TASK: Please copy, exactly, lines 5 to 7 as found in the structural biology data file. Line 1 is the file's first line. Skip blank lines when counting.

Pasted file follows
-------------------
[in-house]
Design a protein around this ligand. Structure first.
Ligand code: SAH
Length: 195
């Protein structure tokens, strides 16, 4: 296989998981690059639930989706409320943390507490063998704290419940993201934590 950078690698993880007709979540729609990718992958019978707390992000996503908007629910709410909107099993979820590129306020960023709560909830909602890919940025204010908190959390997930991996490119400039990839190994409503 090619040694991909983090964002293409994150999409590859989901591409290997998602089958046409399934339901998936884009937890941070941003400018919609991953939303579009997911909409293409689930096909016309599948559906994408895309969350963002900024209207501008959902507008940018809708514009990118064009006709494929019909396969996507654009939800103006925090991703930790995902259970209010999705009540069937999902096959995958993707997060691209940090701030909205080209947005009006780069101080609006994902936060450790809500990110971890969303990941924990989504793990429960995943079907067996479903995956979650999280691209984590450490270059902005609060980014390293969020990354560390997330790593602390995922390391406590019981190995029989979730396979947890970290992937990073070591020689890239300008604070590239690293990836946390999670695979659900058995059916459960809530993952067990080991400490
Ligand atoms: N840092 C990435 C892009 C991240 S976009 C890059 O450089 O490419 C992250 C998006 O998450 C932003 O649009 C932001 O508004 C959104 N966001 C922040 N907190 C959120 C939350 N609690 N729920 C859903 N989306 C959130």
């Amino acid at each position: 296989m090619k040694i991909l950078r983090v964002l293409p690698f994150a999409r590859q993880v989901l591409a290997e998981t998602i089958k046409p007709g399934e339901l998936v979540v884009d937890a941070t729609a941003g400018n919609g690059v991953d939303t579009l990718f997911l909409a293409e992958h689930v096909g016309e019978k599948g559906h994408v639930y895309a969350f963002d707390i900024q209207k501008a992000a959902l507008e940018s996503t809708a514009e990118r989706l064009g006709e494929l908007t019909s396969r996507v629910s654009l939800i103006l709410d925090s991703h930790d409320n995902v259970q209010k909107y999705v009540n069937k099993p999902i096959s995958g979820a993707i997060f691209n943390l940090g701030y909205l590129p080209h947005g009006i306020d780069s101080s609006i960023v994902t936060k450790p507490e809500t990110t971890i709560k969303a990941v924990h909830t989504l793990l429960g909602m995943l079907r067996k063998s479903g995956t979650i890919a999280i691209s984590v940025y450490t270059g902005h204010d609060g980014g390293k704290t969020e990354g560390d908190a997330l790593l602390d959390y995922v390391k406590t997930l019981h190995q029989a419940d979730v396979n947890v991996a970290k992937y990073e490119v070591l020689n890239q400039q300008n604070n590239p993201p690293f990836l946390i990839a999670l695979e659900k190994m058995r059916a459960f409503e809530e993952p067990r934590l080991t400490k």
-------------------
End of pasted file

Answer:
């Protein structure tokens, strides 16, 4: 296989998981690059639930989706409320943390507490063998704290419940993201934590 950078690698993880007709979540729609990718992958019978707390992000996503908007629910709410909107099993979820590129306020960023709560909830909602890919940025204010908190959390997930991996490119400039990839190994409503 090619040694991909983090964002293409994150999409590859989901591409290997998602089958046409399934339901998936884009937890941070941003400018919609991953939303579009997911909409293409689930096909016309599948559906994408895309969350963002900024209207501008959902507008940018809708514009990118064009006709494929019909396969996507654009939800103006925090991703930790995902259970209010999705009540069937999902096959995958993707997060691209940090701030909205080209947005009006780069101080609006994902936060450790809500990110971890969303990941924990989504793990429960995943079907067996479903995956979650999280691209984590450490270059902005609060980014390293969020990354560390997330790593602390995922390391406590019981190995029989979730396979947890970290992937990073070591020689890239300008604070590239690293990836946390999670695979659900058995059916459960809530993952067990080991400490
Ligand atoms: N840092 C990435 C892009 C991240 S976009 C890059 O450089 O490419 C992250 C998006 O998450 C932003 O649009 C932001 O508004 C959104 N966001 C922040 N907190 C959120 C939350 N609690 N729920 C859903 N989306 C959130």
């Amino acid at each position: 296989m090619k040694i991909l950078r983090v964002l293409p690698f994150a999409r590859q993880v989901l591409a290997e998981t998602i089958k046409p007709g399934e339901l998936v979540v884009d937890a941070t729609a941003g400018n919609g690059v991953d939303t579009l990718f997911l909409a293409e992958h689930v096909g016309e019978k599948g559906h994408v639930y895309a969350f963002d707390i900024q209207k501008a992000a959902l507008e940018s996503t809708a514009e990118r989706l064009g006709e494929l908007t019909s396969r996507v629910s654009l939800i103006l709410d925090s991703h930790d409320n995902v259970q209010k909107y999705v009540n069937k099993p999902i096959s995958g979820a993707i997060f691209n943390l940090g701030y909205l590129p080209h947005g009006i306020d780069s101080s609006i960023v994902t936060k450790p507490e809500t990110t971890i709560k969303a990941v924990h909830t989504l793990l429960g909602m995943l079907r067996k063998s479903g995956t979650i890919a999280i691209s984590v940025y450490t270059g902005h204010d609060g980014g390293k704290t969020e990354g560390d908190a997330l790593l602390d959390y995922v390391k406590t997930l019981h190995q029989a419940d979730v396979n947890v991996a970290k992937y990073e490119v070591l020689n890239q400039q300008n604070n590239p993201p690293f990836l946390i990839a999670l695979e659900k190994m058995r059916a459960f409503e809530e993952p067990r934590l080991t400490k």